Time of Emergence of Human-Induced Climate Signal in the World Ocean Water-Masses

Yona Silvy1, Eric Guilyardi1, Jean-baptiste Sallee1 and Paul James Durack2, (1)LOCEAN-IPSL, CNRS/IRD/MNHN/Sorbonne Université, Paris, France, (2)Lawrence Livermore Nat. Lab., Program for Climate Model Diagnosis and Intercomparison, Livermore, CA, United States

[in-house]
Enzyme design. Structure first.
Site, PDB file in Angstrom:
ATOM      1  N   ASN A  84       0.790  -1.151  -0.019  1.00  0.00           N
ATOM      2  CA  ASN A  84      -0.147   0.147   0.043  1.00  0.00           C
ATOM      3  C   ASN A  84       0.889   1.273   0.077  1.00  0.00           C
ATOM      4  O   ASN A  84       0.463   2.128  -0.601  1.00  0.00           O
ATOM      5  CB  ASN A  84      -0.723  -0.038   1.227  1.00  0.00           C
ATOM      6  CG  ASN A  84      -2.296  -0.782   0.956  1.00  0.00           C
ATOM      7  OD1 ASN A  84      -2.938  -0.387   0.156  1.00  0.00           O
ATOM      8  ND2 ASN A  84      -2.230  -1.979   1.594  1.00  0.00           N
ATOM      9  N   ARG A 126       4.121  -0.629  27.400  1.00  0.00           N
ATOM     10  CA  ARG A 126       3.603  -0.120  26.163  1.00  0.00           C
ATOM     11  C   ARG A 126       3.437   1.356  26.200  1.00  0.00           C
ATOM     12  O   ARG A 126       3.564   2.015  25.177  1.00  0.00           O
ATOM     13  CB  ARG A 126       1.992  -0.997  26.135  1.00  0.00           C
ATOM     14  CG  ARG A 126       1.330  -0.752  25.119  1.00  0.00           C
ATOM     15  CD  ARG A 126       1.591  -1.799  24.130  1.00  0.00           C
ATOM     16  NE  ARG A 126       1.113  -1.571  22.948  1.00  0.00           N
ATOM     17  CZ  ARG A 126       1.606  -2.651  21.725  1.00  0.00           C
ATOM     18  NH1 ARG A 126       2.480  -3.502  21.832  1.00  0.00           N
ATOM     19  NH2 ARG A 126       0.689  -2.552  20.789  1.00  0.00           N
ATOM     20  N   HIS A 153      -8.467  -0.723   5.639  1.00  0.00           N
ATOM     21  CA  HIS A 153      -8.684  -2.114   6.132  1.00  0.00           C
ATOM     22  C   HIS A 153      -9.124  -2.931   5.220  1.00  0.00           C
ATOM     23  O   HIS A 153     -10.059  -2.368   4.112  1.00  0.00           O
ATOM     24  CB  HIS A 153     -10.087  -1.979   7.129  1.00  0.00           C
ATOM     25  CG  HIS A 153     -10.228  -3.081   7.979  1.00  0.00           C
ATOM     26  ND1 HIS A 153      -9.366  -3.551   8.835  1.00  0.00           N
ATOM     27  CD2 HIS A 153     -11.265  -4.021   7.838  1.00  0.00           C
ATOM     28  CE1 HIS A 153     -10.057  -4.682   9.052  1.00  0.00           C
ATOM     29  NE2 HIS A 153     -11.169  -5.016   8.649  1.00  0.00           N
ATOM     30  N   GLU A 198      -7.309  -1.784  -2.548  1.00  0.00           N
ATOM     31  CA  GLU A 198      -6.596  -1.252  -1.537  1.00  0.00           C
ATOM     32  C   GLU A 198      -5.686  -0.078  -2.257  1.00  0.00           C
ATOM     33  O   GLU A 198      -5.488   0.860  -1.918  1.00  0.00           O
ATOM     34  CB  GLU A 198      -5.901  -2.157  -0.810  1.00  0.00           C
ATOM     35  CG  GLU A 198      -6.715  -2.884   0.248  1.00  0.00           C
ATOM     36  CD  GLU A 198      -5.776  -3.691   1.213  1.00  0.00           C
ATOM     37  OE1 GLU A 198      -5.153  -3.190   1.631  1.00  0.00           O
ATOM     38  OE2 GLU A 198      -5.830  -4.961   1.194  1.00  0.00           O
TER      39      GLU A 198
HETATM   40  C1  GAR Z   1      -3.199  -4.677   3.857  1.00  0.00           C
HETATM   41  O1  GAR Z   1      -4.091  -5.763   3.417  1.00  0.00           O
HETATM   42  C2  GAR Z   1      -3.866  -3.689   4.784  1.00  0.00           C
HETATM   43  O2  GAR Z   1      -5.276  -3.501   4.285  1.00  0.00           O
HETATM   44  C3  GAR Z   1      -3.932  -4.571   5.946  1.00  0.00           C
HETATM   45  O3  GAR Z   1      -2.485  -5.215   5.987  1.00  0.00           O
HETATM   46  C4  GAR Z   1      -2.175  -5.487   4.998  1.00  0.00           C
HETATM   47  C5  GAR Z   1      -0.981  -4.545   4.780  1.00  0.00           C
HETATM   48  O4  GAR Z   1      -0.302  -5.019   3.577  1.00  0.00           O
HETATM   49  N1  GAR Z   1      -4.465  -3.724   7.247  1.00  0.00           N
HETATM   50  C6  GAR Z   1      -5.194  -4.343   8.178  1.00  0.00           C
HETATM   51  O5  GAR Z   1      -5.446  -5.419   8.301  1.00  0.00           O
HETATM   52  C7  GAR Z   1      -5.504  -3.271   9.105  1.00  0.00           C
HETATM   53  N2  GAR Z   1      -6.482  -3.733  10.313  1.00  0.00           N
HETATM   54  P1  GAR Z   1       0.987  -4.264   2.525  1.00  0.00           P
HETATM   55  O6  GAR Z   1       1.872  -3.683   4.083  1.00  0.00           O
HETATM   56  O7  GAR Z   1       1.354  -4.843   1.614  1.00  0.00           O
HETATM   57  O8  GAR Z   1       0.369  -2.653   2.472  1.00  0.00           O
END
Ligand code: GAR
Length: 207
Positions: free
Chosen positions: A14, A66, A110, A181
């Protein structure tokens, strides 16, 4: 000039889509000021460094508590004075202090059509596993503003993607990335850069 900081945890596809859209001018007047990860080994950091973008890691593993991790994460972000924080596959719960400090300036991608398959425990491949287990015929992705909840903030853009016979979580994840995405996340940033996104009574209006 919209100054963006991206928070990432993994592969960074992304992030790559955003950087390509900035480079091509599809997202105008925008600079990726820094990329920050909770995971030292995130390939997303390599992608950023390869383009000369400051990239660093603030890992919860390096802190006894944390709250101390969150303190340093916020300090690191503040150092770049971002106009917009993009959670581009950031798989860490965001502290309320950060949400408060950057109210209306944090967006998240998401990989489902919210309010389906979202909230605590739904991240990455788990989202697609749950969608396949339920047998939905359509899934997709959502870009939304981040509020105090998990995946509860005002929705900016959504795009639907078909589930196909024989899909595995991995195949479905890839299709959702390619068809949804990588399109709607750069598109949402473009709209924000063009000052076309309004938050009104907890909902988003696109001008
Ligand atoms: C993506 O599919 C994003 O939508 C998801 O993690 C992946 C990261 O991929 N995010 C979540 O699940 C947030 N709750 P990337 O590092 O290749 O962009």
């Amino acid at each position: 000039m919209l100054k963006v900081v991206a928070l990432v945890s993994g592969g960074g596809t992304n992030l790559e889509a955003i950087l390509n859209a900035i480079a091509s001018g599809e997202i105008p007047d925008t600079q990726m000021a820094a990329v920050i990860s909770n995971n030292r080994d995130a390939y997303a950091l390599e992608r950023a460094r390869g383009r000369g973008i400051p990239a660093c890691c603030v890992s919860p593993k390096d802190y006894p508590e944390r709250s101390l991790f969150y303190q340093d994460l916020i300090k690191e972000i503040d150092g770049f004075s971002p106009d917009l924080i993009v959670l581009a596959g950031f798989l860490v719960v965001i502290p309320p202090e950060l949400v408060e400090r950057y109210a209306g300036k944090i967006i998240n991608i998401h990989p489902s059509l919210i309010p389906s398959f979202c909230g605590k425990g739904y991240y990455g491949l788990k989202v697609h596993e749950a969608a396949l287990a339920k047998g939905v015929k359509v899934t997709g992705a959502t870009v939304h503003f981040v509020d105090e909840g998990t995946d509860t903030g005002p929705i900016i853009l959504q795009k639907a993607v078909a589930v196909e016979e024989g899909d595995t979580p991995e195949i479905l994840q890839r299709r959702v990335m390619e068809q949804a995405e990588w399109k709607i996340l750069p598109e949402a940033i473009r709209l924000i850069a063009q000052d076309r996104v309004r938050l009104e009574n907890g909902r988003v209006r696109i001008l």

The World Ocean is rapidly changing, with global and regional modification of ocean temperature and salinity at surface and at depth. These changes have widespread and important impacts including sea-level rise, change of the chemical content of the deep ocean including oxygen and carbon contents, or changing habitat and diversity of the rich ocean ecosystems. While the most pronounced temperature and salinity changes are located in the upper few hundred meters, changes in water-masses at depth are already observed and will likely strengthen and persist in the future as water-masses form at the surface and propagate in the deep ocean along density surfaces, storing the anthropogenic signal away from the atmosphere for decades to millennia. Here, using 11 state-of-the-art climate models, we unveil when to expect anthropogenic temperature and salinity changes in the ocean interior water-masses to be distinguishable from natural background variability. On a basin-scale zonal average, the model simulations predict that in 2020, 25–60% of the 3 ocean basins have emerged, i.e. anthropogenically forced signal overcomes natural variability; reaching 45–70% in 2050, and 60–80% in 2080. The well-ventilated Southern Ocean water-masses stand out as emerging very rapidly, as early as the 1980s or 1990s, while their Northern Hemisphere counterparts emerge in the 2010s to 2030s. Our results have important implications for adaptation strategies in that they can guide observation systems in detecting forced ocean changes.